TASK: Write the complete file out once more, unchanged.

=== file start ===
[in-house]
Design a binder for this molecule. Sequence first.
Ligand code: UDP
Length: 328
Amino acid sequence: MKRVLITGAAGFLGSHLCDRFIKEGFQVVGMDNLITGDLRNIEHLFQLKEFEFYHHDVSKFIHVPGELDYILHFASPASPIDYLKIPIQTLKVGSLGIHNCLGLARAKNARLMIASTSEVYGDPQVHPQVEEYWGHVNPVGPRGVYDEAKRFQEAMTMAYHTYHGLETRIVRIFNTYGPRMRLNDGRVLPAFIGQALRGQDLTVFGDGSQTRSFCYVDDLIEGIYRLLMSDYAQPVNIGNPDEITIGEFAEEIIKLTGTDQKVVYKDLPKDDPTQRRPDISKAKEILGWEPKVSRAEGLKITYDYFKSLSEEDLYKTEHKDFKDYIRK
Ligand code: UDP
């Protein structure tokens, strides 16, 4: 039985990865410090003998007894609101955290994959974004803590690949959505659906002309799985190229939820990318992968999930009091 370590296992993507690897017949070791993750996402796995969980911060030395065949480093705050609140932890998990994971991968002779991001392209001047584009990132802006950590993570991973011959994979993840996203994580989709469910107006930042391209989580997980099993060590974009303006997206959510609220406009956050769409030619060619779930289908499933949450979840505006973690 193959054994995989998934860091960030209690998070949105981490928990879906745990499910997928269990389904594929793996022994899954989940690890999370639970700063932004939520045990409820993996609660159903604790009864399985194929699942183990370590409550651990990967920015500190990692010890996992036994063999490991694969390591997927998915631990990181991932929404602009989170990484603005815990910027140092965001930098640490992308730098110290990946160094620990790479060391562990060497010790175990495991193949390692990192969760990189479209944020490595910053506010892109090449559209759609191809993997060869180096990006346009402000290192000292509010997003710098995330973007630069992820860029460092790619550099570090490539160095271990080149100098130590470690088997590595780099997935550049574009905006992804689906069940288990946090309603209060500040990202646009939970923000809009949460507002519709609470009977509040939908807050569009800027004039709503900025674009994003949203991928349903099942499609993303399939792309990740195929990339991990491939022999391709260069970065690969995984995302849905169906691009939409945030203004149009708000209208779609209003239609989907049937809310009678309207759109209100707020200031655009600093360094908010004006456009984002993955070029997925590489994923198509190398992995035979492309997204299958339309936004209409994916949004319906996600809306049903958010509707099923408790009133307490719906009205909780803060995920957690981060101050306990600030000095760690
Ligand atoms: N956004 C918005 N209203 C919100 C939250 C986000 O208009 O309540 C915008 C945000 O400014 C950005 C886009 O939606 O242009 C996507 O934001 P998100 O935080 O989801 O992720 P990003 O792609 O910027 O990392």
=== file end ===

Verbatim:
[in-house]
Design a binder for this molecule. Sequence first.
Ligand code: UDP
Length: 328
Amino acid sequence: MKRVLITGAAGFLGSHLCDRFIKEGFQVVGMDNLITGDLRNIEHLFQLKEFEFYHHDVSKFIHVPGELDYILHFASPASPIDYLKIPIQTLKVGSLGIHNCLGLARAKNARLMIASTSEVYGDPQVHPQVEEYWGHVNPVGPRGVYDEAKRFQEAMTMAYHTYHGLETRIVRIFNTYGPRMRLNDGRVLPAFIGQALRGQDLTVFGDGSQTRSFCYVDDLIEGIYRLLMSDYAQPVNIGNPDEITIGEFAEEIIKLTGTDQKVVYKDLPKDDPTQRRPDISKAKEILGWEPKVSRAEGLKITYDYFKSLSEEDLYKTEHKDFKDYIRK
Ligand code: UDP
């Protein structure tokens, strides 16, 4: 039985990865410090003998007894609101955290994959974004803590690949959505659906002309799985190229939820990318992968999930009091 370590296992993507690897017949070791993750996402796995969980911060030395065949480093705050609140932890998990994971991968002779991001392209001047584009990132802006950590993570991973011959994979993840996203994580989709469910107006930042391209989580997980099993060590974009303006997206959510609220406009956050769409030619060619779930289908499933949450979840505006973690 193959054994995989998934860091960030209690998070949105981490928990879906745990499910997928269990389904594929793996022994899954989940690890999370639970700063932004939520045990409820993996609660159903604790009864399985194929699942183990370590409550651990990967920015500190990692010890996992036994063999490991694969390591997927998915631990990181991932929404602009989170990484603005815990910027140092965001930098640490992308730098110290990946160094620990790479060391562990060497010790175990495991193949390692990192969760990189479209944020490595910053506010892109090449559209759609191809993997060869180096990006346009402000290192000292509010997003710098995330973007630069992820860029460092790619550099570090490539160095271990080149100098130590470690088997590595780099997935550049574009905006992804689906069940288990946090309603209060500040990202646009939970923000809009949460507002519709609470009977509040939908807050569009800027004039709503900025674009994003949203991928349903099942499609993303399939792309990740195929990339991990491939022999391709260069970065690969995984995302849905169906691009939409945030203004149009708000209208779609209003239609989907049937809310009678309207759109209100707020200031655009600093360094908010004006456009984002993955070029997925590489994923198509190398992995035979492309997204299958339309936004209409994916949004319906996600809306049903958010509707099923408790009133307490719906009205909780803060995920957690981060101050306990600030000095760690
Ligand atoms: N956004 C918005 N209203 C919100 C939250 C986000 O208009 O309540 C915008 C945000 O400014 C950005 C886009 O939606 O242009 C996507 O934001 P998100 O935080 O989801 O992720 P990003 O792609 O910027 O990392």